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MARLEY - & ME! Reggae pioneers Toots and the Maytals are heading for Nottingham - and they still believe in that "old feeling".

OVER the years, Toots and the Maytals' fame has spread well beyond their native Caribbean, and they're proving that with his latest UK tour set to hit Nottingham next month.

Having toured with the likes of Dave Matthews, Sheryl Crow, The Who and the Rolling Stones, and shared tracks with an array of celebrities such as Willie Nelson and Keith Richards, Toots' latest single Marley, is about the late reggae icon Bob Marley.

Toots and Marley were both relative unknowns living in Trench Town when they first became friends, and their mutual respect would last until Marley's death in 1981.

"Bob and myself, we talk a lot, and we always have good times with each other," he recalls. "I remember him saying he wanted to be a dreadlocks Rasta. I said that was all right with me but I'd rather keep grooming my hair, y'know? I say I want to be a comb-head like Marcus Garvey and Emperor Selassie I, who everybody worship and yet neither of them wore dreadlocks."

He and Marley met in the very early 60s at the infamous Studio One.

"Everybody go to Coxsone Dodd's studio," he says. "It was the target for everyone who wanted to sing at that time and Bob was already there when I arrived. There were five Wailing Wailers back then but Coxsone said he didn't like my voice at first. He told me to come back in six weeks' time so I went to the country, wrote some more songs and then went back with Raleigh and Jerry, who sang harmonies."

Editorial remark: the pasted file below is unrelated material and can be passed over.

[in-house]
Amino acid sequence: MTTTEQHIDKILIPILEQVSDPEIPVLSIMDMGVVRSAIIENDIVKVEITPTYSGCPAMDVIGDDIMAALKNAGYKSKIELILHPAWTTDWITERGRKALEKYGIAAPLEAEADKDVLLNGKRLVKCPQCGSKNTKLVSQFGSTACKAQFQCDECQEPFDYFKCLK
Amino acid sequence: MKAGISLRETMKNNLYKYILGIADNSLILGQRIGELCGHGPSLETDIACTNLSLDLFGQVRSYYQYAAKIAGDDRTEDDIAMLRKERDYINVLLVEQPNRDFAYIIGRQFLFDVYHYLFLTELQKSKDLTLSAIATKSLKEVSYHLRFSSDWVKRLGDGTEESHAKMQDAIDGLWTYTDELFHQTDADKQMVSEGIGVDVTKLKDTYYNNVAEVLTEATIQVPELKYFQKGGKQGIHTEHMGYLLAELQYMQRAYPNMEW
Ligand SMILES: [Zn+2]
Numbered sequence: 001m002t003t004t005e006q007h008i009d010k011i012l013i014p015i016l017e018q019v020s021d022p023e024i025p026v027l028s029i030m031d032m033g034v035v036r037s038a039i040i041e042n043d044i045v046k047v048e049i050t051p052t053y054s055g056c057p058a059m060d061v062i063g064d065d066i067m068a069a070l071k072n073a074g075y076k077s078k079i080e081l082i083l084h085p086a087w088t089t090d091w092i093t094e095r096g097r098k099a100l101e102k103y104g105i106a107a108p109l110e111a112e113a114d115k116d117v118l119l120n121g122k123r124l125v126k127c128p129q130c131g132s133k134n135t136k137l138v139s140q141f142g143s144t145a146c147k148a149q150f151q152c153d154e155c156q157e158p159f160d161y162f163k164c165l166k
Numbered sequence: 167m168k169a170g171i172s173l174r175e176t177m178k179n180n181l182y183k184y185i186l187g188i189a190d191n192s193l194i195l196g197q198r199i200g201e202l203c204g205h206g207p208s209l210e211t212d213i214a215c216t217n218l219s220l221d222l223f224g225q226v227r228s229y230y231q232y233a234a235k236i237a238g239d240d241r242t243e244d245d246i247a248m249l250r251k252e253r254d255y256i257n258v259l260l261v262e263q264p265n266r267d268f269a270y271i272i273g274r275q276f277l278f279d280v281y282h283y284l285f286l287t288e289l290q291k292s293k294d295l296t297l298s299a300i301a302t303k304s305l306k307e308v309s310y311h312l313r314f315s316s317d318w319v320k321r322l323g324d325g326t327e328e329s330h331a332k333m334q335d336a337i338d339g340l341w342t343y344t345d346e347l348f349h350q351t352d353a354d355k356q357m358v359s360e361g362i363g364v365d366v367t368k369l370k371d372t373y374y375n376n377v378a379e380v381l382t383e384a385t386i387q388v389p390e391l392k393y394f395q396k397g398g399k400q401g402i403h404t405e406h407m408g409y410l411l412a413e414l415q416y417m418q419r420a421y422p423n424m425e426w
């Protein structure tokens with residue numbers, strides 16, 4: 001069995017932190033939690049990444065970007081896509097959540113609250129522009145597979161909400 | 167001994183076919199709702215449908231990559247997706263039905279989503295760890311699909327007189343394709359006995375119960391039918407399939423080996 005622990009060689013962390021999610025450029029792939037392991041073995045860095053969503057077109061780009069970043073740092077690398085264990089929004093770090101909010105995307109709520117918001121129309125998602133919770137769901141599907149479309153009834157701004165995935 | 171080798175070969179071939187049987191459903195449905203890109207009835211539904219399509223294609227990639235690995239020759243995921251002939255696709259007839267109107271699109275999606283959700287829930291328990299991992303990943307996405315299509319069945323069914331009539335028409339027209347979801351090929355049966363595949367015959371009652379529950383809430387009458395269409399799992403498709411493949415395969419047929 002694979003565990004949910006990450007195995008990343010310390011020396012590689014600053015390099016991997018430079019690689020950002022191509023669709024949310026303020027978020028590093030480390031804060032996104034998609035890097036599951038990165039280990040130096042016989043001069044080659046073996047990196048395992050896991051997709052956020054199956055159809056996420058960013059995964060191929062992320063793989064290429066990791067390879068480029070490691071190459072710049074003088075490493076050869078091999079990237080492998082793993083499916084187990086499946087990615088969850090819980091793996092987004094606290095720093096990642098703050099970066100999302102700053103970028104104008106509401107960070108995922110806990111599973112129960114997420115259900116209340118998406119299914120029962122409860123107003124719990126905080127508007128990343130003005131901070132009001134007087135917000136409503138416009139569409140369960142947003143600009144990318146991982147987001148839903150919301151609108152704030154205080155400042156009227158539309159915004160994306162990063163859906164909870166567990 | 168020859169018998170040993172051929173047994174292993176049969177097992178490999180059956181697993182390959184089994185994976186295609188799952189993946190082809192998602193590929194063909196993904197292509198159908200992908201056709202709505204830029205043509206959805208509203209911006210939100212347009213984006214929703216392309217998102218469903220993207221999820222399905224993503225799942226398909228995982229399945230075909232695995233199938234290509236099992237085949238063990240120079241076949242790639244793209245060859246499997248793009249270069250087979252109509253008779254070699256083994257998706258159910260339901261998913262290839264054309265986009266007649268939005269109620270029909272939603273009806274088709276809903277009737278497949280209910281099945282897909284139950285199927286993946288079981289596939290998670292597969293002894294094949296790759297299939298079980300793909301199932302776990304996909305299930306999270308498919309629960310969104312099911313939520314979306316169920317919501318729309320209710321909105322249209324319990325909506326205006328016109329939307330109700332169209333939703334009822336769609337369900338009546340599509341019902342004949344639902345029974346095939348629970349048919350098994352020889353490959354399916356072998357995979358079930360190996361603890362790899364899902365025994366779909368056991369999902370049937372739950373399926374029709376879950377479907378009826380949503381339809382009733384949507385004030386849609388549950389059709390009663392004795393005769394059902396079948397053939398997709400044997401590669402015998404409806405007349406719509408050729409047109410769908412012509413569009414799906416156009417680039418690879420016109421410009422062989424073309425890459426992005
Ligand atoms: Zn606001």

Toots met Henry "Raleigh" Gordon and Nathaniel "Jerry" Mathias at a barbershop in Trench Town where he would cut hair and entertain the customers by singing and playing a fourstring ukulele. The three of them became known as the Maytals and after they'd made their debut with Hallelujah.

Toots, real name Frederick Hibbert, learned to sing in his local church choir in Denbigh, in the Jamaican parish of Clarendon. That's where he grew up but those gospel influences were instilled in him from childhood and they've never left him.

"I'm from a spiritual family so we'd go to what I call, 'clap and church'" he says. "We'd go twice a day on a Sunday, singing and praying and it was like a school as well. That's where it comes from and we keep it in the music because people need that. They need to feel happy. It's not just about reggae or even music; it's about helping them make that connection with something spiritual, which is the best feeling you can have. It brings people hope and it let their spirits fly, I tell you..."

In 1966 the Maytals won the Jamaica Song Festival with Bam Bam, produced by Byron Lee. Things were looking up. Jamaican entrepreneur Chris Blackwell offered him a UK tour but then Toots spent the next nine months in jail on trumped-up ganja charges.